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Bioceramics Development and Applications
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Hepatocyte Adhesion Behavior on Modified Hydroxyapatite Nanocrystals with Quartz Crystal Microbalance

Motohiro Tagaya, Tomohiko Yamazaki, Satoshi Migita, Nobutaka Hanagata, and Toshiyuki Ikoma*

Biomaterials Center, National Institute for Materials Science, Tsukuba, Ibaraki, 305-0047, Japan

Corresponding Author:
Toshiyuki Ikoma
[email protected]

Received date: January 14, 2011; Accepted date: February 03, 2011

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hydroxyapatite; QCM-D; hepatocyte; cell adhesion; protein-modification


Cell adhesion to extracellular matrix (ECM) plays important roles in cellular behaviors such as proliferation, migration, differentiation, and survival [1]. It has been described that the biomaterial surfaces modified with the ECM affect the cellular behaviors [3]. Control of cell-matrix interactions is indispensable for designing superior biomaterials in tissue engineering. There are many types of the ECM with arginine-glycine-asparagine (RGD) peptide such as fibronectin (Fn), collagens (Col), vitronectin, laminin and etc. which have an ability to adhere cells via integrin receptor. Therefore, the interfacial phenomena of cell and biomaterial surfaces modified with the ECM should be clarified for controlling cell functions.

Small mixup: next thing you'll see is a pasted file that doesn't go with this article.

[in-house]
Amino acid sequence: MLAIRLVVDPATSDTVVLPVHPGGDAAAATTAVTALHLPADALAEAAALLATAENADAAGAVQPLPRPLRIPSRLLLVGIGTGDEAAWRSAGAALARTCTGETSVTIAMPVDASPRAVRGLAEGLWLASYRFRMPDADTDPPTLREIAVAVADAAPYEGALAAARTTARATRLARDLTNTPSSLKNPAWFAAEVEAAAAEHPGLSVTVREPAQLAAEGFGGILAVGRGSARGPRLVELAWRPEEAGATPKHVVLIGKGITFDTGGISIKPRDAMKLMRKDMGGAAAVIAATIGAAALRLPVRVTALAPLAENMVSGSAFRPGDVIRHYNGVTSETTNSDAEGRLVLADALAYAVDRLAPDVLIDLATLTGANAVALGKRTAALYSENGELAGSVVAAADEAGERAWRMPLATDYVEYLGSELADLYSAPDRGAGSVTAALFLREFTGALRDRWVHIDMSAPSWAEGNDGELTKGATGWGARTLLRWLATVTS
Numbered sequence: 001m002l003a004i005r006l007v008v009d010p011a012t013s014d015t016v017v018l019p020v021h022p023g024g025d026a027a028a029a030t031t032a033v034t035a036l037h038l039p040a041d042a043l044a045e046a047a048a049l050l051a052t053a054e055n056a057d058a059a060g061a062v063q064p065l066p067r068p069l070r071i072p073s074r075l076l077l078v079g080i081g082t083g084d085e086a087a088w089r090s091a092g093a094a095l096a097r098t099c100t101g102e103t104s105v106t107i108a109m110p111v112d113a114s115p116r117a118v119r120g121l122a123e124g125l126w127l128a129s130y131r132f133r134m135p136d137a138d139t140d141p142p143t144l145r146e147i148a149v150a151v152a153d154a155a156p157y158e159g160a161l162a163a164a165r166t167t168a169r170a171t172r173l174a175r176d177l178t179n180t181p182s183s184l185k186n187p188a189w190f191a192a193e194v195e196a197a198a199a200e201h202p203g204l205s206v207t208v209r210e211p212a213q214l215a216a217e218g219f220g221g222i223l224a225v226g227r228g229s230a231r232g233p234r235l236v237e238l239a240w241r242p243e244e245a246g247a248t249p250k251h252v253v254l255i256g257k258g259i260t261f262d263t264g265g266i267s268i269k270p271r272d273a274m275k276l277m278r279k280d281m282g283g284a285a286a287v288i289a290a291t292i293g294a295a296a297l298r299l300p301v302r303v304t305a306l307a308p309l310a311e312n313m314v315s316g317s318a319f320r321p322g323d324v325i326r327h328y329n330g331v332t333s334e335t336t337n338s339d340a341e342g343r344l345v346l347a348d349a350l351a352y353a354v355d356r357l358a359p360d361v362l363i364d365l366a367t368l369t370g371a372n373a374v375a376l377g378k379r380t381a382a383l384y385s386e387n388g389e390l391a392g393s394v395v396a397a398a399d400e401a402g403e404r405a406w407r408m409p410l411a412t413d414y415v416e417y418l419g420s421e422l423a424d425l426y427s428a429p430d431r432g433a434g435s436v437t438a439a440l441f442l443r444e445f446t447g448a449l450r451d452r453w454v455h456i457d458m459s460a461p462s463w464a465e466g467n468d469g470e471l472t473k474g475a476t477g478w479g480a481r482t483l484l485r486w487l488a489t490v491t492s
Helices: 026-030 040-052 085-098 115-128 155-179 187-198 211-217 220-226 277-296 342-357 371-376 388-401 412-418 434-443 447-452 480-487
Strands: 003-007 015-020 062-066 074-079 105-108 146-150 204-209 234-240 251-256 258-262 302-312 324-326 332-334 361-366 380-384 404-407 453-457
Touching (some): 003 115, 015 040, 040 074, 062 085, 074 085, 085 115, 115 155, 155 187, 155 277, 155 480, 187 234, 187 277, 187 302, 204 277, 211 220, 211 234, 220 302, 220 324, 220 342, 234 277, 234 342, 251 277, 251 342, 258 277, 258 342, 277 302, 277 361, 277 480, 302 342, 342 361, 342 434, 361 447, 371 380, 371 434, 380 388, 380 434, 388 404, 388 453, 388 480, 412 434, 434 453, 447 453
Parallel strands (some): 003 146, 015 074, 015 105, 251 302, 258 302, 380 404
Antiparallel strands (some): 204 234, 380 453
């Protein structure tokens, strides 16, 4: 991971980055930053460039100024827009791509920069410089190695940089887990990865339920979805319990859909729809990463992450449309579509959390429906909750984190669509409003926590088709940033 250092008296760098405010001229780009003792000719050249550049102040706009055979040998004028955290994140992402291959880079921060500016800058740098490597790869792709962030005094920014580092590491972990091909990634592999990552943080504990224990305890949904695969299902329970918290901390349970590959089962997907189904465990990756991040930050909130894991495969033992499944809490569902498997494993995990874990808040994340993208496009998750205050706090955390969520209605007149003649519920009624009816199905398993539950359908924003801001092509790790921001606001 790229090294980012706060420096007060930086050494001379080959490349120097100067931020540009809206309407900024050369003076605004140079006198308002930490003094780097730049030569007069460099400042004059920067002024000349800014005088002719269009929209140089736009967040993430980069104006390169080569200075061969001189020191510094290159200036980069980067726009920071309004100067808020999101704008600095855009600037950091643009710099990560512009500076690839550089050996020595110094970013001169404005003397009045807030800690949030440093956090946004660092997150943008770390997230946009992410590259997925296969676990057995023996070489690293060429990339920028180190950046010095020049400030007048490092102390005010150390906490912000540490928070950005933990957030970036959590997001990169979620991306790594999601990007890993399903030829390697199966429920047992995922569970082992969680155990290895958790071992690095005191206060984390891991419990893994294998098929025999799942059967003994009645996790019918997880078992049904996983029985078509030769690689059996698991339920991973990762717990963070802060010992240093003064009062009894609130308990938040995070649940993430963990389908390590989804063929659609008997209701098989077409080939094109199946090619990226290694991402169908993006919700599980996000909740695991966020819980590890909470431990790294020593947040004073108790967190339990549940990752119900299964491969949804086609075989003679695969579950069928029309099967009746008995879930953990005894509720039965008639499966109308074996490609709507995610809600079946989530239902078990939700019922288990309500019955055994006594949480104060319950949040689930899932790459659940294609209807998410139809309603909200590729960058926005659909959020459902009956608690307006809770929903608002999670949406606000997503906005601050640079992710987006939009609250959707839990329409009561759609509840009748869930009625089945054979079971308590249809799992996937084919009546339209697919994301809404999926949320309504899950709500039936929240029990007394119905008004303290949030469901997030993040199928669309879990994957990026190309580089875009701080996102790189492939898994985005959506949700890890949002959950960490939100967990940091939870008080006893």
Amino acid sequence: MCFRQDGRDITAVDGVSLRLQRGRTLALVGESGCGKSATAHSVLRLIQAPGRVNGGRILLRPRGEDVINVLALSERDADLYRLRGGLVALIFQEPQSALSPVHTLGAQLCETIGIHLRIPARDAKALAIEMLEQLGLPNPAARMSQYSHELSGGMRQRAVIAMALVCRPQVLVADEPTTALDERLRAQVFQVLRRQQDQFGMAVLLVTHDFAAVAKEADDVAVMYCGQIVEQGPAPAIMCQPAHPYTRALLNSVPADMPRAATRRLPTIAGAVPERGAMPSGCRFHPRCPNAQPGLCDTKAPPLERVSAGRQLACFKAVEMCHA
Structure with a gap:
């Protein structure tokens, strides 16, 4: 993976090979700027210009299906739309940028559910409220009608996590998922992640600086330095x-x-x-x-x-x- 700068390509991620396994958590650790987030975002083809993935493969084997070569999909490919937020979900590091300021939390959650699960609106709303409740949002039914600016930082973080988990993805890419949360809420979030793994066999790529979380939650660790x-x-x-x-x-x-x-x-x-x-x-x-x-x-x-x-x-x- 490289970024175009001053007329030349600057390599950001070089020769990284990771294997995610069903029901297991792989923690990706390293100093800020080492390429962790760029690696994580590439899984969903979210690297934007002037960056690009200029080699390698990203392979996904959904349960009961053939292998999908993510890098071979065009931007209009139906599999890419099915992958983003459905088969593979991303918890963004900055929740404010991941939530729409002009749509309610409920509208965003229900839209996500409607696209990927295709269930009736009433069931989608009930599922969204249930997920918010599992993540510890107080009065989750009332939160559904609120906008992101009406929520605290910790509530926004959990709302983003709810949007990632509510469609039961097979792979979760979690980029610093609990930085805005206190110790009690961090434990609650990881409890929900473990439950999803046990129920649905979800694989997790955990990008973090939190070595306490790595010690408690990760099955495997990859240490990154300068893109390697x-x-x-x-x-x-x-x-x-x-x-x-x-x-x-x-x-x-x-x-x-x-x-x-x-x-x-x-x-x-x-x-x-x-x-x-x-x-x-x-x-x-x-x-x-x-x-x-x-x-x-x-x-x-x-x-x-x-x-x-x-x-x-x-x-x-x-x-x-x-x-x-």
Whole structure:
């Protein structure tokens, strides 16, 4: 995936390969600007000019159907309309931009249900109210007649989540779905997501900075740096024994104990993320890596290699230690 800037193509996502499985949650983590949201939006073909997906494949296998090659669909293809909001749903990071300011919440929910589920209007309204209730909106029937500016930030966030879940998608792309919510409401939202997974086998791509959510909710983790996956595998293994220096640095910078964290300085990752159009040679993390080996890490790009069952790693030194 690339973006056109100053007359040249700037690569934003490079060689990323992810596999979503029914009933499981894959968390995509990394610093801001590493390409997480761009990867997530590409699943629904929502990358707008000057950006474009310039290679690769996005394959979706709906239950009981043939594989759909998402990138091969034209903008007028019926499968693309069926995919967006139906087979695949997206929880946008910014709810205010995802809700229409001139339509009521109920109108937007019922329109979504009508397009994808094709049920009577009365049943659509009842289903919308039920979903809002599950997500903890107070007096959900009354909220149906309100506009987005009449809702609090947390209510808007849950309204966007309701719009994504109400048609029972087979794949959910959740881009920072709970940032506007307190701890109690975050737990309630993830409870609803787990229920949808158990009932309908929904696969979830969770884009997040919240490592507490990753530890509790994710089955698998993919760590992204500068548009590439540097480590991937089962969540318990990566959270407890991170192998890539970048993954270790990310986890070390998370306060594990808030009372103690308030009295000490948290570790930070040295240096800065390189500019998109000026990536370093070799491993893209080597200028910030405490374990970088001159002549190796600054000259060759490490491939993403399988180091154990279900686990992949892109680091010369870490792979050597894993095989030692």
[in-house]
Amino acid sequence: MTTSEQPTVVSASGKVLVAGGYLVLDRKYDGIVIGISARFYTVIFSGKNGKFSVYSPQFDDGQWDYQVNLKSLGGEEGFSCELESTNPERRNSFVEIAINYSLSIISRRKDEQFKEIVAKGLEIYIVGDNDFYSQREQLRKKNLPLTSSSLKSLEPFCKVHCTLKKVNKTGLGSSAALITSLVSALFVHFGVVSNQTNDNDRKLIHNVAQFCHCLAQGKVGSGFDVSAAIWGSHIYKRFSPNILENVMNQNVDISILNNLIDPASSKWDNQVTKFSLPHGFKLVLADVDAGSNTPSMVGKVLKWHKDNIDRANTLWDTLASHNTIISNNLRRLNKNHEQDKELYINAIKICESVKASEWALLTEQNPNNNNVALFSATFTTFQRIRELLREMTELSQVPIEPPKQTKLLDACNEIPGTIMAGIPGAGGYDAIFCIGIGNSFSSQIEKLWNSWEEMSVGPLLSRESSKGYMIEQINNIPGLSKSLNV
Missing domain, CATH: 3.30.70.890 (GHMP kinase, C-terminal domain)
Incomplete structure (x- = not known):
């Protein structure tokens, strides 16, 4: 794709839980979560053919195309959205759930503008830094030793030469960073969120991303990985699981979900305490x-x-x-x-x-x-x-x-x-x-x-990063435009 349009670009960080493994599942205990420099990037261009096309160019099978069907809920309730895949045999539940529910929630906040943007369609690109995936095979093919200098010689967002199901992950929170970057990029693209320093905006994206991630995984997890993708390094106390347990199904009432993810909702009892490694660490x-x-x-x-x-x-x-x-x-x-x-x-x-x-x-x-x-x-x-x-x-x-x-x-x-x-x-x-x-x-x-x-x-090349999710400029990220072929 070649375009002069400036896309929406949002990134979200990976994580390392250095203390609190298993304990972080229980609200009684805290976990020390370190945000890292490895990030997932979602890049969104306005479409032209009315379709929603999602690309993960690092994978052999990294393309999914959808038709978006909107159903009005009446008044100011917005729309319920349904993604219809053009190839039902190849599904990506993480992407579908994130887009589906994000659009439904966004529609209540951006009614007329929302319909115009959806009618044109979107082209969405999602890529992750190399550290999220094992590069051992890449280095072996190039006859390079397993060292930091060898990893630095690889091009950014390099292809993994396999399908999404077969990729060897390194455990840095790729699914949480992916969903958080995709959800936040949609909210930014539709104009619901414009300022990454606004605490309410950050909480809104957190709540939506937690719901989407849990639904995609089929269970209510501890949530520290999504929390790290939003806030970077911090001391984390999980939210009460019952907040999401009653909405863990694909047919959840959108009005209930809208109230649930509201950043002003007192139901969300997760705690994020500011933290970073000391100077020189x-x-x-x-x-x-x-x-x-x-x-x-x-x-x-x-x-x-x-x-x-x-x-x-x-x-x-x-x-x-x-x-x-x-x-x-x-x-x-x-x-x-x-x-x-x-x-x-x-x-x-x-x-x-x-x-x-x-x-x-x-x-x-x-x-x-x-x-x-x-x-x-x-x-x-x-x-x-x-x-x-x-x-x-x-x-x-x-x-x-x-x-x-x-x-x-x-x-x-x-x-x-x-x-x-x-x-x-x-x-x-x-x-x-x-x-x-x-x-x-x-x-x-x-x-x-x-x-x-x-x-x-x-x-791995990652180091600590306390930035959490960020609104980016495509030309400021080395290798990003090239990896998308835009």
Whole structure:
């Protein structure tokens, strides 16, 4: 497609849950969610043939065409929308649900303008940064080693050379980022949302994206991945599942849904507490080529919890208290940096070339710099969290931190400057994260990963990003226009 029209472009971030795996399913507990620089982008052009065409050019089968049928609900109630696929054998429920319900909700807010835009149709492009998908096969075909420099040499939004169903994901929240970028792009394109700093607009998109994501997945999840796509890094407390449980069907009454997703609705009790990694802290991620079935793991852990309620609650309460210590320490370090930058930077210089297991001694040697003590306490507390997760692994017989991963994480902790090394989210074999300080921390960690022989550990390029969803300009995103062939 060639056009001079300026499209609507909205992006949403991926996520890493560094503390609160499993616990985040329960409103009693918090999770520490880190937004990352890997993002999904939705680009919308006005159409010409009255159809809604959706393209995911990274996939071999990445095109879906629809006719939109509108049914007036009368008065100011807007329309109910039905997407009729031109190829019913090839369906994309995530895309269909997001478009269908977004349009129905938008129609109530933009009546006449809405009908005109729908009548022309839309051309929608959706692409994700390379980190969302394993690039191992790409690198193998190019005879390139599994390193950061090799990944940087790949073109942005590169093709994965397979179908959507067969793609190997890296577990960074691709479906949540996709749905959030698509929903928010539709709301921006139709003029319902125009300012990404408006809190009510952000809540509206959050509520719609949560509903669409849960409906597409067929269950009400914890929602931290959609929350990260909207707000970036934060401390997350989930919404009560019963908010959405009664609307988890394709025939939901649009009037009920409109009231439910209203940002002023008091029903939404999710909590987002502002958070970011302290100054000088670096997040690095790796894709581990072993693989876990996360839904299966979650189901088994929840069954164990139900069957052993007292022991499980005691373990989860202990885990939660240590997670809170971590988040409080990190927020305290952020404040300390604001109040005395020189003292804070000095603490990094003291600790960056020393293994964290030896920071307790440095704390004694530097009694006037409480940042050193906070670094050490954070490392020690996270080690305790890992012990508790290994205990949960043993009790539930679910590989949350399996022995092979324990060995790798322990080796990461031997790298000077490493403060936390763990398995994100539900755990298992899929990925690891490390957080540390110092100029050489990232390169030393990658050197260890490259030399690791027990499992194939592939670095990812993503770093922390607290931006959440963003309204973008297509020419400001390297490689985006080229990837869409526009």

To detect the interfacial phenomena, a quartz crystal microbalance with dissipation (QCM-D) technique is one of excellent in situ analytical methods. Hydroxyapatite (HAp) sensor applicable for the QCM-D technique was recently fabricated with an electrophoretic deposition method in our group to analyze protein adsorption [2,5]. The cell adhesion behavior on the HAp surface with the QCM-D technique has not been fully investigated [4].